The Department of Agriculture, Environment and Rural Affairs (DAERA) has confirmed that the rate of advance CAP payments to farmers will increase from 50% to 70% of claim value.
The Department made its application to the European Commission for the increase in advance payments following the heavy rainfall and flash flooding of 22 August 2017.
Advance payments will commence on Monday 16 October 2017 and will be made to all eligible farm businesses in Northern Ireland which have fully verified claims. Balance payments, or full payments for those not eligible for an advance payment, will commence from 1 December 2017.
The Ulster Farmers’ Union says it is pleased DAERA and the European Commission have responded positively to its call for an increase in advance CAP payments. It says this will help with cash flow pressures as a result of poor weather.
UFU president Barclay Bell added: “We pushed hard for this increase in what has been a difficult year for weather-related problems. The prolonged periods of heavy rain, which resulted in serious flooding in some areas, have presented a number of challenges.
“Cattle have been housed earlier than usual, silage hasn’t been cut, slurry can’t be spread and harvest has been delayed. This has put a severe cash flow strain on many farm businesses,” he added.
Sinn Féin’s agriculture spokesperson, Declan McAleer has also welcomed confirmation of the increased payments.
He added: “Today’s announcement will come as a relief to hard pressed farmers who have suffered the brunt of extreme weather recently, which has significantly disrupted their livelihoods. This has been particularly felt in the north west where landslides have wrecked farms and community facilities. However, in welcoming this advance this is only a reprieve that will just about sustain the farmers until the new year.”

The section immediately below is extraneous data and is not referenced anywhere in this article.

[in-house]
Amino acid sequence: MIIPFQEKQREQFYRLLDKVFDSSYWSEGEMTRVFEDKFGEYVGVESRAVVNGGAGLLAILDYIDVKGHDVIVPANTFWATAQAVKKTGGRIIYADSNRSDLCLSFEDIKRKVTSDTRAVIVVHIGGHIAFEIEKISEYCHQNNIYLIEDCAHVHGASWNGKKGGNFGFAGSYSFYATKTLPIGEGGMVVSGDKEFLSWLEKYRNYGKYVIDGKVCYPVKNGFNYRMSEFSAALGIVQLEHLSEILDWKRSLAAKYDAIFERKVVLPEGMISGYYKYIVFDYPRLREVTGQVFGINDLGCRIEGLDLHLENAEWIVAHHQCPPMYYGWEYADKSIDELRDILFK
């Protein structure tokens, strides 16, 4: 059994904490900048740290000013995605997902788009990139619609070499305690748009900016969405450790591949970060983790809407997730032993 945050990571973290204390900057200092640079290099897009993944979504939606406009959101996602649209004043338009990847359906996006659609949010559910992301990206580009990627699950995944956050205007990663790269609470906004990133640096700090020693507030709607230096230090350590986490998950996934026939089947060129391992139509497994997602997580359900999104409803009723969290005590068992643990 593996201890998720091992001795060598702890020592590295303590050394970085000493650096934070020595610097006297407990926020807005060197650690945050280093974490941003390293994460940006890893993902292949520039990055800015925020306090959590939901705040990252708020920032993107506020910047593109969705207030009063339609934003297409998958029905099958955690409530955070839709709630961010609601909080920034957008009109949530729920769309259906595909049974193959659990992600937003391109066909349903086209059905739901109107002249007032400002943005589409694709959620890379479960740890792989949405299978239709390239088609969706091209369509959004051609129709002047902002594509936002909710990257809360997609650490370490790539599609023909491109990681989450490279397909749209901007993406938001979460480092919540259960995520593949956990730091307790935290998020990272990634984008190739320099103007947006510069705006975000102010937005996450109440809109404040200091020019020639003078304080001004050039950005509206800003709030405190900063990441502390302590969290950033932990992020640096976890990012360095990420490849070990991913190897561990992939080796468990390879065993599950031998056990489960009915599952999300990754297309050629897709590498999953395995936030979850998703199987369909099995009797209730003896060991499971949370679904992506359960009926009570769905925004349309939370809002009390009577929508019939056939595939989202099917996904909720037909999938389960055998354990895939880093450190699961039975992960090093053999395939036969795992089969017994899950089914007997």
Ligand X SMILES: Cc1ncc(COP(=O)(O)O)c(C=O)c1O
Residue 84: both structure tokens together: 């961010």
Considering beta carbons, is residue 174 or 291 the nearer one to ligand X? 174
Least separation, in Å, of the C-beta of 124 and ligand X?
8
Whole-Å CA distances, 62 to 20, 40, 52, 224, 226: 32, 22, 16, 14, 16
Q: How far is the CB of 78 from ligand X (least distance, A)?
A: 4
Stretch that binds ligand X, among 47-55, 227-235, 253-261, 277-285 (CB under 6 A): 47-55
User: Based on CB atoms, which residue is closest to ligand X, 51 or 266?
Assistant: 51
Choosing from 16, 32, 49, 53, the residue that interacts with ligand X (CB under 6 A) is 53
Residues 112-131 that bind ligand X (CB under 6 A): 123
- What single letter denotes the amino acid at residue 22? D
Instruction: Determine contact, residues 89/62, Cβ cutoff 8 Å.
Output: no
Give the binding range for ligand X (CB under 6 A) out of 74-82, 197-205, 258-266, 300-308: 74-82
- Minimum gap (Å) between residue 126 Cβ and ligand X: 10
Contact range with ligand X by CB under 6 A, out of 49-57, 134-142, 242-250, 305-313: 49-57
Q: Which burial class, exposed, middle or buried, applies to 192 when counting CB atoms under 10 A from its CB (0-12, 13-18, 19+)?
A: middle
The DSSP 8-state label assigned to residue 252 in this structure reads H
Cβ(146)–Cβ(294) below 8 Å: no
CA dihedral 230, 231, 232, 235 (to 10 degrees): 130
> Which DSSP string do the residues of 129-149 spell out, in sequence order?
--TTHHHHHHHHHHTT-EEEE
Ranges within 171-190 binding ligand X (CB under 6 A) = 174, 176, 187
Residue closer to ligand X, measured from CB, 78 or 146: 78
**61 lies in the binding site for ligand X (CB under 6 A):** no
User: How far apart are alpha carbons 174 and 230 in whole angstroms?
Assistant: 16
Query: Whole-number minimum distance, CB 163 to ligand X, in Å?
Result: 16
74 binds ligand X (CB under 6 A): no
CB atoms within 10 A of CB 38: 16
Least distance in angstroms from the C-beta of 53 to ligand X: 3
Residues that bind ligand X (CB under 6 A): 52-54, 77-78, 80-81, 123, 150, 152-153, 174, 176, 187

DUP MEP Diane Dodds said this cash injection will hopefully help farmers prepare for the winter and give businesses some help to manage cash flows.
She added: “From the 16th October advance payments will commence for farm businesses which are eligible and have fully verified claims. While this is to be welcomed I am extremely aware of the fact that there are those who do not fall into this category. The unknown for these businesses is difficult especially trying to plan what cash is available and when they are likely to receive payment.
“As always those who are currently in the inspection process should remain the focus of the Department and additional resources must be directed to this area to ensure payment as quickly as possible. Farmers must also be communicated to in good time if their payment is likely to be delayed and kept up to date in relation to timescales for payment. A particular concern and one which I have raised with the Permanent Secretary is for those who have been badly affected by the flooding on the 22nd August - given the additional financial pressures placed on these businesses - to be supported. The need is very real for those who find themselves in an inspection process and the uncertainty that this brings.
“I am extremely anxious for farmers west of the Bann in particular who have experienced extremely difficult weather conditions recently. This has had a knock on effect on cutting silage, spreading slurry and housing cattle early and is causing real challenges on the ground. I would call upon the Department to notify farmers of the advice available in relation to dealing with the closed period for slurry spreading but also if fodder is short on-farm.
“The issue of slurry spreading is the immediate issue given the weather but I would encourage farmers to contact CAFRE or the UFU to discuss the option of “reasonable excuse”. Ultimately farming by dates is an extremely crude method and one which doesn’t give real cognisance of the practical realities on the ground.”